3. Also, this crisis offers the ever-increasing possibility (again, appealing to the Establishment) of getting the public to accept an international “resolution” of the problem — which would make permanent of course, rather than repair, our loss of control of our border — through further bilateral agreements with Mexico and/or Central American countries, for example, or even reviving the development of a North American Union, and/or through inviting U.N. “Peacekeeping” troops in — “to help.” Any of those approaches to a “solution” would seriously sabotage our national sovereignty and independence.

There is, therefore, no reason to doubt that the current border crisis is intentional — created, not by Congress, but by conspiratorial elements controlling our media and Executive Branch (with supporting roles played by a few lower-court judges). And this lie about “immigration loopholes” is the main tactic keeping the public from realizing the true cause of the problem — which is intentionally inadequate enforcement by our government’s law-enforcement branch (the Executive).

What to Do

Clearly, the only way that this non-enforcement will be remedied, is for an informed, activated electorate to apply concerted pressure on the government to remedy it. But an electorate not informed, will certainly neither be activated. So, the widespread exposure of this fraudulent “loopholes” tactic is key. That is the most obvious mission we must undertake, therefore.

Less obvious is that we must also use such educational effort to grow — as rapidly as possible — the reach and level of understanding of the Internationalist, conspiratorial intrigue that is seeking to strangle our national sovereignty, independence, and freedom. Indeed, if we neglect this latter mission, then the public’s demand for border enforcement will continue to be betrayed, as it has been for decades.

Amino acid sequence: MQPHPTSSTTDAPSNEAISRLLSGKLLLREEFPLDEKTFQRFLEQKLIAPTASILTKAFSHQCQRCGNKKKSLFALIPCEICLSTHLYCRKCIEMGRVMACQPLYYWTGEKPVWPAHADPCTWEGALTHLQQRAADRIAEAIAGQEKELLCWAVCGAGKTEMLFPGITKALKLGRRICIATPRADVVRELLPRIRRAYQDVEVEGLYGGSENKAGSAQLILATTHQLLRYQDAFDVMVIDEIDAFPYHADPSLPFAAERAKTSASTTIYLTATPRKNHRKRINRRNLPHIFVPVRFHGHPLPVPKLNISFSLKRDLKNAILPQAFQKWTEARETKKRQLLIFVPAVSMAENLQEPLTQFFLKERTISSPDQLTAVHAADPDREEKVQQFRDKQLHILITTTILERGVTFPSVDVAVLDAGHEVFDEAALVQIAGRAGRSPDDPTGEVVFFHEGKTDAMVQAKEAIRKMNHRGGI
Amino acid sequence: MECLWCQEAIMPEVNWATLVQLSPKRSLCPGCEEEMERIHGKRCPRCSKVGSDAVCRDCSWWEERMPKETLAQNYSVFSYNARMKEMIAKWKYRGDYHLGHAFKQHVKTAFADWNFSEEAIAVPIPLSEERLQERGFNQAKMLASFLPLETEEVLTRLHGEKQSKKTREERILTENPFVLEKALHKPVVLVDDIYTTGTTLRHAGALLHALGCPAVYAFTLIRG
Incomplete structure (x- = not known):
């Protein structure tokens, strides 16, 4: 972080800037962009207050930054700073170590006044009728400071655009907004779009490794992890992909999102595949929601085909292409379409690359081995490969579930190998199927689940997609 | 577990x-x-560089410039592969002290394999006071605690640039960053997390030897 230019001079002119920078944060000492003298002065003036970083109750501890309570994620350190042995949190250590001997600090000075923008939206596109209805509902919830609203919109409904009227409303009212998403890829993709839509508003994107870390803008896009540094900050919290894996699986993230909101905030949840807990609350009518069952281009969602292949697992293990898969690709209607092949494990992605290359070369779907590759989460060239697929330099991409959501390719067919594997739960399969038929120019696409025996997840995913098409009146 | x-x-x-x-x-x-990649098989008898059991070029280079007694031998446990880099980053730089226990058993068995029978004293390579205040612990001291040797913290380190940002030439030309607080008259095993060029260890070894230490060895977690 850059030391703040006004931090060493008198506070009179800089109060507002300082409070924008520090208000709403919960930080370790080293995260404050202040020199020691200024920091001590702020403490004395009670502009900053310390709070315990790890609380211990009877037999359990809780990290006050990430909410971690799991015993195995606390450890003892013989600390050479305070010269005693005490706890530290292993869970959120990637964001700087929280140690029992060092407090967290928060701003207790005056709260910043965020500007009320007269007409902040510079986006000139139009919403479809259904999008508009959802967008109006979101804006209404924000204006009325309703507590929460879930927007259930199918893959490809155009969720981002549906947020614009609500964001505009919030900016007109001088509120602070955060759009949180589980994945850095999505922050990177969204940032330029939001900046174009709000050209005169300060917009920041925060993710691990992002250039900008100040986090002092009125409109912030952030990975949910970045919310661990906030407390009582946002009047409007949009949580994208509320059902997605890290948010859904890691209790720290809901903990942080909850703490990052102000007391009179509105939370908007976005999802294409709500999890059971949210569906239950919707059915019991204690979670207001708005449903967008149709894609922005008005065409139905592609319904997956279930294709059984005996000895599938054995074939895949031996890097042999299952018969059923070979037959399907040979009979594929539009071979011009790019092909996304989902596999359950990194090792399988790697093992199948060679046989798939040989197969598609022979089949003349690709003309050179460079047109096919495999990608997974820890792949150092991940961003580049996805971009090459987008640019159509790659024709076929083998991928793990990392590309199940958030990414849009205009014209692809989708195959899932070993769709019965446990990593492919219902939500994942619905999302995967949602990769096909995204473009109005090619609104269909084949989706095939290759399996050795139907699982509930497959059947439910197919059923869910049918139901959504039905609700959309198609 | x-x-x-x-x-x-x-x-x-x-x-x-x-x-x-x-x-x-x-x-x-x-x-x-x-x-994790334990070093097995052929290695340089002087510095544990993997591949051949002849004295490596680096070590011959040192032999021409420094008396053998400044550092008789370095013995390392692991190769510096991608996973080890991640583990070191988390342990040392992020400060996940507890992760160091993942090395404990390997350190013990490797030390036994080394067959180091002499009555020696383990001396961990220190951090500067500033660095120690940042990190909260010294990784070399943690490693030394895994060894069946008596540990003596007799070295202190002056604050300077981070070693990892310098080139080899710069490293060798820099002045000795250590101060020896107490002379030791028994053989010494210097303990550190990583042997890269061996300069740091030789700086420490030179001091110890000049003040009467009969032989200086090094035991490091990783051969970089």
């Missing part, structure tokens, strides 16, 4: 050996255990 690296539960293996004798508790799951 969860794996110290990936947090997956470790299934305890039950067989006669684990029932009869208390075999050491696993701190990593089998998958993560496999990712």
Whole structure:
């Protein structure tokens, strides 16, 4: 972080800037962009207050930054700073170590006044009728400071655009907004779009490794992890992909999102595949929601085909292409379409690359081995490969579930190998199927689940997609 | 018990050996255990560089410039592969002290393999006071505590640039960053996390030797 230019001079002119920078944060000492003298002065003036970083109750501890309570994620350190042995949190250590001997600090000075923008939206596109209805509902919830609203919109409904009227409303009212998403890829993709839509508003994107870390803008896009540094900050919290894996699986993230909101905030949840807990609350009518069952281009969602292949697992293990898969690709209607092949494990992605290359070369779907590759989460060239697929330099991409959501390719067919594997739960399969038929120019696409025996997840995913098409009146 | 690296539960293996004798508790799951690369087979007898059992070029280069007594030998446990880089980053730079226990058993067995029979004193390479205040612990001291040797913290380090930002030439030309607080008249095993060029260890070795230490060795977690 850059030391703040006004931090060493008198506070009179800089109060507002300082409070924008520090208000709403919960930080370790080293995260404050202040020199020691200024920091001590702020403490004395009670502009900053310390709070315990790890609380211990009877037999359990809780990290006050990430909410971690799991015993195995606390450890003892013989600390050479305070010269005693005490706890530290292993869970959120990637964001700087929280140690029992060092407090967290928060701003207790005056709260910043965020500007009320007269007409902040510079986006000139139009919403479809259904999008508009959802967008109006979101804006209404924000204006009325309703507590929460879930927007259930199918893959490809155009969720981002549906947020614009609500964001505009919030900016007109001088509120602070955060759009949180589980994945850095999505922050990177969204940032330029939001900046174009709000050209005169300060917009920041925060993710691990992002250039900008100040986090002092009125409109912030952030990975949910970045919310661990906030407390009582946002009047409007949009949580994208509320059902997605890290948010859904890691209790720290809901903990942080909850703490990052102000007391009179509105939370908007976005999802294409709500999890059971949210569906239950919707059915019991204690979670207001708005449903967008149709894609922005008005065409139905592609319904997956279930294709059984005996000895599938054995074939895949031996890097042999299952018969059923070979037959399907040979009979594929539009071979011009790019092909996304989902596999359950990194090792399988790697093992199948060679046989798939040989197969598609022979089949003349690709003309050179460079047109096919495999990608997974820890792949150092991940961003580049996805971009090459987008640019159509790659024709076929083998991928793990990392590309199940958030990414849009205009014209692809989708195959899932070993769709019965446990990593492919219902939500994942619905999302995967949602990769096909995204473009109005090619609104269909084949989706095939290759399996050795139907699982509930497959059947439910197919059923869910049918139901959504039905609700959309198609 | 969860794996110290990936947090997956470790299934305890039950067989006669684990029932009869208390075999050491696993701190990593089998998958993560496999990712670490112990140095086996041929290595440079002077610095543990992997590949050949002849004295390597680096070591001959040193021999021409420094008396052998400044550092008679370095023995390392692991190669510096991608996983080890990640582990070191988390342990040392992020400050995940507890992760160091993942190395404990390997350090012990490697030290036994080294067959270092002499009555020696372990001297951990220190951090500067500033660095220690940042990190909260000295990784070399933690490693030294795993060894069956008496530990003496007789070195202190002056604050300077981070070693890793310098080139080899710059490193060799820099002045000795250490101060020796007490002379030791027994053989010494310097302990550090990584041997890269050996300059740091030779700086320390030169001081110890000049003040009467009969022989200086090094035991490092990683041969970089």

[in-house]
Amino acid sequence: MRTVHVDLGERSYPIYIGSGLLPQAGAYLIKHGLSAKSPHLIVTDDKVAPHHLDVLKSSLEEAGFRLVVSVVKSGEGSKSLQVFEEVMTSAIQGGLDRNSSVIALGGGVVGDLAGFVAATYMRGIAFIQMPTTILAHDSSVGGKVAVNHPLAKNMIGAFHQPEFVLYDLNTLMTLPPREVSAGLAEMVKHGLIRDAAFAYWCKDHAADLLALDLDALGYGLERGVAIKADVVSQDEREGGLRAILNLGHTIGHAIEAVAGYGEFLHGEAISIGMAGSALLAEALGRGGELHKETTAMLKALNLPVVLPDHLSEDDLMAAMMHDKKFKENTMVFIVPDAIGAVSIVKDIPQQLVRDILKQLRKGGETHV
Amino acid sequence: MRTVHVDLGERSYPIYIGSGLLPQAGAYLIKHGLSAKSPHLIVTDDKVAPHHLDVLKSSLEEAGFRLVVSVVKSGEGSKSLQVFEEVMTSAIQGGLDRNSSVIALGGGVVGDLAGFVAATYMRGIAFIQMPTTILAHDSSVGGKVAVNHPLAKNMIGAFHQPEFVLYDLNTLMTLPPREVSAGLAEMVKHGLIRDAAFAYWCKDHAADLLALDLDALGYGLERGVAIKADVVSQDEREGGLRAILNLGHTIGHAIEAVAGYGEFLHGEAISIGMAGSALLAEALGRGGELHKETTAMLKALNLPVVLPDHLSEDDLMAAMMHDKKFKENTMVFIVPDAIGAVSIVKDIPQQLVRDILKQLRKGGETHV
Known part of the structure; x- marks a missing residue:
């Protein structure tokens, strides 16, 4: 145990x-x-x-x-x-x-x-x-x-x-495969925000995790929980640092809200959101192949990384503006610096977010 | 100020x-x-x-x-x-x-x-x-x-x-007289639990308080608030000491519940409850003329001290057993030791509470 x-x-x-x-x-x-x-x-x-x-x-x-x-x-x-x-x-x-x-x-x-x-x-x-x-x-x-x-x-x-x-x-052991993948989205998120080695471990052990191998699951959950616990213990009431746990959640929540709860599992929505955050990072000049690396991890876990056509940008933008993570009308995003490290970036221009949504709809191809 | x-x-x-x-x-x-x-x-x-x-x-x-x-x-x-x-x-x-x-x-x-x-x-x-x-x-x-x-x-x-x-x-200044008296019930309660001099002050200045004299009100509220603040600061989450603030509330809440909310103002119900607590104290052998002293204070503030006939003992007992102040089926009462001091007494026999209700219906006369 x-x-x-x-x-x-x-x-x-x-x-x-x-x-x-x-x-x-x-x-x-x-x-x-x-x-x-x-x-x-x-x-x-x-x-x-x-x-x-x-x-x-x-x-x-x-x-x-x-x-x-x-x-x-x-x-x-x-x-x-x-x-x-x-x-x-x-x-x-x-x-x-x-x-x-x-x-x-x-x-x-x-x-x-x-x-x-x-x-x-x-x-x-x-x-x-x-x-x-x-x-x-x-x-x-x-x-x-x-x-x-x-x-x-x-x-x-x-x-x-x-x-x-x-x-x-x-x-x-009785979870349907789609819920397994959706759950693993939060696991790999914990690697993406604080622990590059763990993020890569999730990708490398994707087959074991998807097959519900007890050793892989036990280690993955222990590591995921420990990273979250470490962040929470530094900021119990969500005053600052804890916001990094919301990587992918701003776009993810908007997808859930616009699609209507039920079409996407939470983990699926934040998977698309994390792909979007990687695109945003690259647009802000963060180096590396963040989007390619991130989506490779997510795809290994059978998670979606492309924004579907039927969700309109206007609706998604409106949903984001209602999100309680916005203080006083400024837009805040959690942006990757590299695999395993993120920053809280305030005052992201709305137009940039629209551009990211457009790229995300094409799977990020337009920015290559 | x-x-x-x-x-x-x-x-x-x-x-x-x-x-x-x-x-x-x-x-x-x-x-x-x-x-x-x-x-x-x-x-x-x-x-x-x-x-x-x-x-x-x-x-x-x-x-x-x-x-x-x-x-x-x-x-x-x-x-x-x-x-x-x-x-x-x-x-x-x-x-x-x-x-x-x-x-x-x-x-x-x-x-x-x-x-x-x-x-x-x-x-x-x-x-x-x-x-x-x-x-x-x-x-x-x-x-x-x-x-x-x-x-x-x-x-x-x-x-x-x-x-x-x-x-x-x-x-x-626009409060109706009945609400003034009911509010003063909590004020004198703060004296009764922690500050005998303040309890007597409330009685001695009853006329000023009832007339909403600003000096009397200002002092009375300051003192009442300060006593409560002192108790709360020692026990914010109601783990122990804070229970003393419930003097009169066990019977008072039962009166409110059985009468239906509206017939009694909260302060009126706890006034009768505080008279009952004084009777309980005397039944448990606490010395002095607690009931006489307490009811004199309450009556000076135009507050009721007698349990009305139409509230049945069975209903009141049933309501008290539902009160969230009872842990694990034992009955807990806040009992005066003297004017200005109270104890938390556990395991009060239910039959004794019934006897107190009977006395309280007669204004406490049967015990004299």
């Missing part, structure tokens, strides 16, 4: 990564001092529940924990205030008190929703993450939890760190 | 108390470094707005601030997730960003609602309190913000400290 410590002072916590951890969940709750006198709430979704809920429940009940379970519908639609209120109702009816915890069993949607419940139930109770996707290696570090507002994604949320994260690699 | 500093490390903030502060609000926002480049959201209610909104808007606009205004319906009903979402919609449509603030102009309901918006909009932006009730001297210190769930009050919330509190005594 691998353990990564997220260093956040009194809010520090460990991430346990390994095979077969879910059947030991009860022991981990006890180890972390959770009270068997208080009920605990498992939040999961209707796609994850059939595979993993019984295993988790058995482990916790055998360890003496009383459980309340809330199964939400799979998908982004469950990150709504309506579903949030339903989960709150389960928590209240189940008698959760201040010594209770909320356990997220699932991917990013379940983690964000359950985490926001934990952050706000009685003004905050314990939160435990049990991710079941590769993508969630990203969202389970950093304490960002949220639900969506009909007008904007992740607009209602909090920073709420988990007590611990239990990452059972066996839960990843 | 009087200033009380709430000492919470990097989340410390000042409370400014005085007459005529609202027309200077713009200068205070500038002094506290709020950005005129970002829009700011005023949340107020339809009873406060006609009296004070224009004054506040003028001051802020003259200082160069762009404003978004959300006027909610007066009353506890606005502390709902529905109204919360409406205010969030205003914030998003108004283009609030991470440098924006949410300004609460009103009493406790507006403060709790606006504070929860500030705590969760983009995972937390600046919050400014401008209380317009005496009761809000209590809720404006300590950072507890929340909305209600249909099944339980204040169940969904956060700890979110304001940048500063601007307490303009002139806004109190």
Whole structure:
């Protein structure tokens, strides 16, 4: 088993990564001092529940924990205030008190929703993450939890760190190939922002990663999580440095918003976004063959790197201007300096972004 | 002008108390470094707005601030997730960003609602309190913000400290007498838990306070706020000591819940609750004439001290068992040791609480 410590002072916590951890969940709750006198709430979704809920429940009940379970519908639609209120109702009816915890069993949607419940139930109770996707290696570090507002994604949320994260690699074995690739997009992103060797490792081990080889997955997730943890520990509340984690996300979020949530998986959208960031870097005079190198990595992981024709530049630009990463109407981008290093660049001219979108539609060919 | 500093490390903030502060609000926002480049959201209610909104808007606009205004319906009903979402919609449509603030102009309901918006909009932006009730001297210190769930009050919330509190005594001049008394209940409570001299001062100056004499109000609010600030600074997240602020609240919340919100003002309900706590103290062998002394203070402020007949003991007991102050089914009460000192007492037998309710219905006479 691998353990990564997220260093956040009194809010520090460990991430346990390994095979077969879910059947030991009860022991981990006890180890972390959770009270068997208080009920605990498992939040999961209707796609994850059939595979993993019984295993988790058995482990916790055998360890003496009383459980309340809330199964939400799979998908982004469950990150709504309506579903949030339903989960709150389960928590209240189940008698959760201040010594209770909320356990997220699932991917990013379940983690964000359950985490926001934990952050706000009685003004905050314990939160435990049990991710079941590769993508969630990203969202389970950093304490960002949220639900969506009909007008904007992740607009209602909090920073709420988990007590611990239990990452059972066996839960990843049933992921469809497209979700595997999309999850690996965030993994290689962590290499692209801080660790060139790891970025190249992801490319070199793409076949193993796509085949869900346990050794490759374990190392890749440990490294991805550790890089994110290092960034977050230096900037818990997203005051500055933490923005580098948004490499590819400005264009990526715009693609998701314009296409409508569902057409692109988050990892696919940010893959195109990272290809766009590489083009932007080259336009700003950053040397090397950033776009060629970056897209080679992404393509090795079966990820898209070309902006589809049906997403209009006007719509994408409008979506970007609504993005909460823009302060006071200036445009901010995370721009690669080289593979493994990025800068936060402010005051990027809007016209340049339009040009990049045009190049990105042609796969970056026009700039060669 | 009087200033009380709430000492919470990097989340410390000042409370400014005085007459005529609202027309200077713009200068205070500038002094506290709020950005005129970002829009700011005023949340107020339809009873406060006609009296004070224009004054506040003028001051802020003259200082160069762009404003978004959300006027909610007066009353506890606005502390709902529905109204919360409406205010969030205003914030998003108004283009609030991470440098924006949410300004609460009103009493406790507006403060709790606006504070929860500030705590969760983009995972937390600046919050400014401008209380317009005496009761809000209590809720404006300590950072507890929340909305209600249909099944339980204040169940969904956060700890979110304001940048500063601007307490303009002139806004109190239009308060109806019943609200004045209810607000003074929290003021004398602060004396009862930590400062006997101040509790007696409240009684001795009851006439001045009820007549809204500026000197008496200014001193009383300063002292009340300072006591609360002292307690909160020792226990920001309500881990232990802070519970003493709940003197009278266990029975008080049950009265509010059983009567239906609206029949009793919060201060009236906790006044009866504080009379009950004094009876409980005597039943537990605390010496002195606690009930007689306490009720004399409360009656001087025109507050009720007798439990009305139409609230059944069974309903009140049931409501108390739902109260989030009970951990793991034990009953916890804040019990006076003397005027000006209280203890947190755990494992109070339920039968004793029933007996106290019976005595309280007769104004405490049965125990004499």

Both of these are crucially important tasks. In pursuit of the first, if this article has been found enlightening and helpful, then it is certainly worthwhile to share it with friends and acquaintances.

Notes


1. And as such, they have no standing in courts mentioned in or created under the Constitution (in Article III). That is the basic reason the president is not subject to these courts’ rulings on immigration matters. However, note that the president does have a constitutional obligation to restrict immigration at least as much as the immigration law does — since he is responsible to enforce the laws. On the plenary authority of both “political” branches (i.e., the Legislative and Executive branches) over immigration, see the CRS (Congressional Research Service) Report 44969, “Overview of the Federal Government’s Power to Exclude Aliens”; and, for a much fuller and absorbing treatment, see chapters 4–​8 of Daniel Horowitz’s insightful 2016 book Stolen Sovereignty: How to Stop Unelected Judges from Transforming America, Washington, D.C.: WND Books.
2. It seems disingenuous, therefore, to imply that asylum-claims are “tying the hands of” the Border Patrol. What are actually tying their hands are: the taking care of immigrants who arrive sick or hurt themselves clambering over a barricade (an agent must also stay with the immigrant while he/she receives medical care); and also — believe it or not — the running a courier service, to bring in immigrants who are waiting on the other side of the wall! This astonishing DHS policy forced Mr. Horowitz to ask: “[I]f we actively bring in even the illegal immigrants standing outside the fence and believe it is our duty to do so, then what would change if we had more walls?”